By Victoria Looseleaf
He was an incurable rabble-rouser, er, Romantic. Why else would Ken Russell, who died this week at home in England, at 84, make so many movies about artists and the creative process? His ability to make high culture for the masses was way ahead of its time, with films such as 1970’s The Music Lovers (about Tchaikovsky), 1974’s Mahler and 1975’s Lisztomania, with Roger Daltrey as Franz Liszt and Ringo Starr as the pope, were precursors to music videos and mash-up scenarios, aural, visual and otherwise. Then there’s the acid-infused Russell film, Tommy, based on the Who’s concept album/rock opera, also from 1975 (below, with Ann-Margret, etal), that did much to blow minds.
It took one to blow one, so to speak. How, then, did his come to be?
A lonely child and son of a shoe-store owner, Russell spent much time at the movies. He also staved off major bullying incidents while at school by mounting amateur productions of – not Fred & Ginger musicals – but those of Dorothy Lamour (at right). Russell could have been headed for major dragdom, but he married four times and fathered eight children (though he still could have preferred sarongs to suits).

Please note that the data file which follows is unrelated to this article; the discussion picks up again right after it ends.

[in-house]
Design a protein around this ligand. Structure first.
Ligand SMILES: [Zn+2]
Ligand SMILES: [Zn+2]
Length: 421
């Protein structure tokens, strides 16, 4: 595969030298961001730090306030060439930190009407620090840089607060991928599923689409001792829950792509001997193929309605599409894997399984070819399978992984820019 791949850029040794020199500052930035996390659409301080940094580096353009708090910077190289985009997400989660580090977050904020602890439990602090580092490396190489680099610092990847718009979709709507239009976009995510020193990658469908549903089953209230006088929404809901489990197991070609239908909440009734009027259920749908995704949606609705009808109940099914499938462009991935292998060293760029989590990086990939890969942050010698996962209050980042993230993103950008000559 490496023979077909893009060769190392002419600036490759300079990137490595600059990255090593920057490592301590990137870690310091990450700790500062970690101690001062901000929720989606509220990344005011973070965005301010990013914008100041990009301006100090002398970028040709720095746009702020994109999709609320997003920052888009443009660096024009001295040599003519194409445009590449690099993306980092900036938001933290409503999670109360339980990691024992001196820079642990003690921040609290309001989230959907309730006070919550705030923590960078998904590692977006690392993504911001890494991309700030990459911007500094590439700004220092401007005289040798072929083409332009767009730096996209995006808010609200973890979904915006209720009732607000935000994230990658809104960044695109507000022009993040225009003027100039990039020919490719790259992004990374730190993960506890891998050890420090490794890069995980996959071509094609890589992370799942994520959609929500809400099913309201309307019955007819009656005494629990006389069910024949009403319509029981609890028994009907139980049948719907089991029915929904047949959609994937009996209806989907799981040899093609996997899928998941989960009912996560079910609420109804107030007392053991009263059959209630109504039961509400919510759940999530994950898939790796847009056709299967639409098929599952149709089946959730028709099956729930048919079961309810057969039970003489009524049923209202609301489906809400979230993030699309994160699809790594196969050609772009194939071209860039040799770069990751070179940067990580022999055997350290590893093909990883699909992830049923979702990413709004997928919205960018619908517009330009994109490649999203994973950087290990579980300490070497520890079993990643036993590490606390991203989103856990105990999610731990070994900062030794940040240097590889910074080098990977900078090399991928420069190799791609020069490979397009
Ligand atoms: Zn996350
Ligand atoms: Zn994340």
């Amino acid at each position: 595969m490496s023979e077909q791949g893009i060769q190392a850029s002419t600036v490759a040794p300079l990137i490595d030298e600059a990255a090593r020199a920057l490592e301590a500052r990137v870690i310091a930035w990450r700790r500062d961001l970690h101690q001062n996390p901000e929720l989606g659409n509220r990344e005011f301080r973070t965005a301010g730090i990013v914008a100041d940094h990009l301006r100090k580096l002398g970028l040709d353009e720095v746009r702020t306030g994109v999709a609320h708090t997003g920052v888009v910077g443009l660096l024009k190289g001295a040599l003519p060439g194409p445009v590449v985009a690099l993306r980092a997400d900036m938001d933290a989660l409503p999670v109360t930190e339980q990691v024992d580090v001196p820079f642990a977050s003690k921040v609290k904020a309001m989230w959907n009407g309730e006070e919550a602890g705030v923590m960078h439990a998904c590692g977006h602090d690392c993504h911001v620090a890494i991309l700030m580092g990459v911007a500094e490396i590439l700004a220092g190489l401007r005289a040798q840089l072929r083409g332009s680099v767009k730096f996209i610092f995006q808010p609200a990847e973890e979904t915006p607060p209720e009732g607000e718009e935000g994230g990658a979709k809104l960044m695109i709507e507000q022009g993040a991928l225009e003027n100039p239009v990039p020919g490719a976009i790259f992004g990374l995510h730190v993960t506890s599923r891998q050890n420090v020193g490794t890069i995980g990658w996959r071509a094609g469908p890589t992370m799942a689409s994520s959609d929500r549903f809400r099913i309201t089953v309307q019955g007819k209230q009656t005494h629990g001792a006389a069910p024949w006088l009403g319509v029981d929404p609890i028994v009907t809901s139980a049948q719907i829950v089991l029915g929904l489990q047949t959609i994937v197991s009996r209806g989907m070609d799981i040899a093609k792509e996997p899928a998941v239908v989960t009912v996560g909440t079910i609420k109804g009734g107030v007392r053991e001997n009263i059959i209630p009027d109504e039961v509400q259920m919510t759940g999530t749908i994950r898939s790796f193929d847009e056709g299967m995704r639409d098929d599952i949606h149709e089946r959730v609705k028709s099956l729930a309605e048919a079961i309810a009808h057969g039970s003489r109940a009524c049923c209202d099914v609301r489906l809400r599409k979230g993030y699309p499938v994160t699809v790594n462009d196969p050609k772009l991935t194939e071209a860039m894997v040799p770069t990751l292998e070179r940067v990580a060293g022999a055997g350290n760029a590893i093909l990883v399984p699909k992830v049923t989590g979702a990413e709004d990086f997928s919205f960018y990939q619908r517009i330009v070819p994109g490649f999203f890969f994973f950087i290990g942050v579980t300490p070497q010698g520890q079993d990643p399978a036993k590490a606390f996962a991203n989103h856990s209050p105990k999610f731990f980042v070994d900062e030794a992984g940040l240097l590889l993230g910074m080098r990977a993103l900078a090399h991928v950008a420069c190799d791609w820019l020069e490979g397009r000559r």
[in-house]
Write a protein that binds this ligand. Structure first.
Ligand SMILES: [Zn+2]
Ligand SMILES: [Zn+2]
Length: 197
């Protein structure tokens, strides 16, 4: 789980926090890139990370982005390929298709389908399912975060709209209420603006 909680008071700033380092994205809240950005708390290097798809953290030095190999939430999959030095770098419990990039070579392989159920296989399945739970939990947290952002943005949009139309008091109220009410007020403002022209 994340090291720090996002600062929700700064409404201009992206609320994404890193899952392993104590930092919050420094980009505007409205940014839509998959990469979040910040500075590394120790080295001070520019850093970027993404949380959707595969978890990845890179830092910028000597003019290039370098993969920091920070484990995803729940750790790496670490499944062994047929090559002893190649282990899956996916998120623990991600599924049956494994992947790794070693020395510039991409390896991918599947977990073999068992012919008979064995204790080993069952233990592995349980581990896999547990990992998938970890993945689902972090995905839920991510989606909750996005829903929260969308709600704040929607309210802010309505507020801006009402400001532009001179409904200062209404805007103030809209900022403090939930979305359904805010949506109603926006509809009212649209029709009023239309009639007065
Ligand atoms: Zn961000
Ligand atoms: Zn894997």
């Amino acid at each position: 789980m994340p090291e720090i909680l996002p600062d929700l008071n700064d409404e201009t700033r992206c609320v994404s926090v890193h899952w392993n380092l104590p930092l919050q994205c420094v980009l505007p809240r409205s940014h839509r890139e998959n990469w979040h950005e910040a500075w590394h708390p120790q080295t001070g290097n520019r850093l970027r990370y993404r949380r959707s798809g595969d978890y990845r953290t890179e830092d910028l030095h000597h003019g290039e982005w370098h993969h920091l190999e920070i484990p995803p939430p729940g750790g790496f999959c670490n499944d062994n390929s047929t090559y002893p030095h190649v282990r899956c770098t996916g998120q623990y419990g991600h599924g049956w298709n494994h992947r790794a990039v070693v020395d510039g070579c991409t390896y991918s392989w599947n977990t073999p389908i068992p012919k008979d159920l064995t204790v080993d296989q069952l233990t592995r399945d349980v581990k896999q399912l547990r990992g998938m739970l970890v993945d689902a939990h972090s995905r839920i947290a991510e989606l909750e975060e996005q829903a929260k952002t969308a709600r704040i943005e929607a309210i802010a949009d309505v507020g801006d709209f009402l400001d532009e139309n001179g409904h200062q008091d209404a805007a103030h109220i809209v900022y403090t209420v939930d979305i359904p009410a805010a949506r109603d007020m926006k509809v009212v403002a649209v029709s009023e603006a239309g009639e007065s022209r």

After brief stints in the Merchant Navy and Royal Air Force, Russell moved to London where he, yes, studied dance, then photography, the latter pointing the way towards filmmaking. It was his love of dance, music and art that led him to make numerous documentaries at the BBC, where he began working in 1959. Subjects included such disparate composers as Elgar, Prokoviev and Debussy, the painter Henri Rousseau and the grandmother of modern dance, Isadora Duncan. (Below, Vivian Pickles in Isadora, The Biggest Dancer in the World.)
Outré is as outré does, and Russell had eccentricity in spades. His breakthrough film, Women in Love, a 1969 adaptation of the D.H. Lawrence novel, actually featured an extended nude wrestling scene between Alan Bates and Oliver Reed. Glorious! It also earned Russell his one Oscar nomination for best director, with Glenda Jackson snagging the gold statuette for best actress.
We adored Russell’s homage to 30’s musicals, The Boy Friend (1971), with Twiggy and Tommy Tune (below); and his hiring ballet superstar, Rudolf Nureyev, to play the lead in 1977’s Valentino, the silent screen star, was an inspired bit of casting. (At right, with Michelle Phillips)
If he seemed obsessed with composers and sex, authors and sex, devils and sex, and whatever and sex, well, why not. His philosophy was “critics be damned,” including Pauline Kael, who once called him a “shrill, screaming gossip.” Then there was the recent Joseph Lanza biography, Phallic Frenzy, in which the author gives his subject a massive drubbing. Bah! We love the notion that Russell stayed true to his vision, however oblique, twisted, dark, musical, dancerly or outright blasphemous (hello, The Devils). We also marvel that he wrote six novels, including Beethoven Confidential and the deliciously titled, Brahms Gets Laid.
Put us on an island, please, with Ken Russell’s complete oeuvre – his short films, docs, feature films, columns, books and the like, though we would need some Bach thrown in for good measure, particularly Glenn Gould’s recording of The Goldberg Variations. Now that would be a long, strange trip…and we’d never be bored!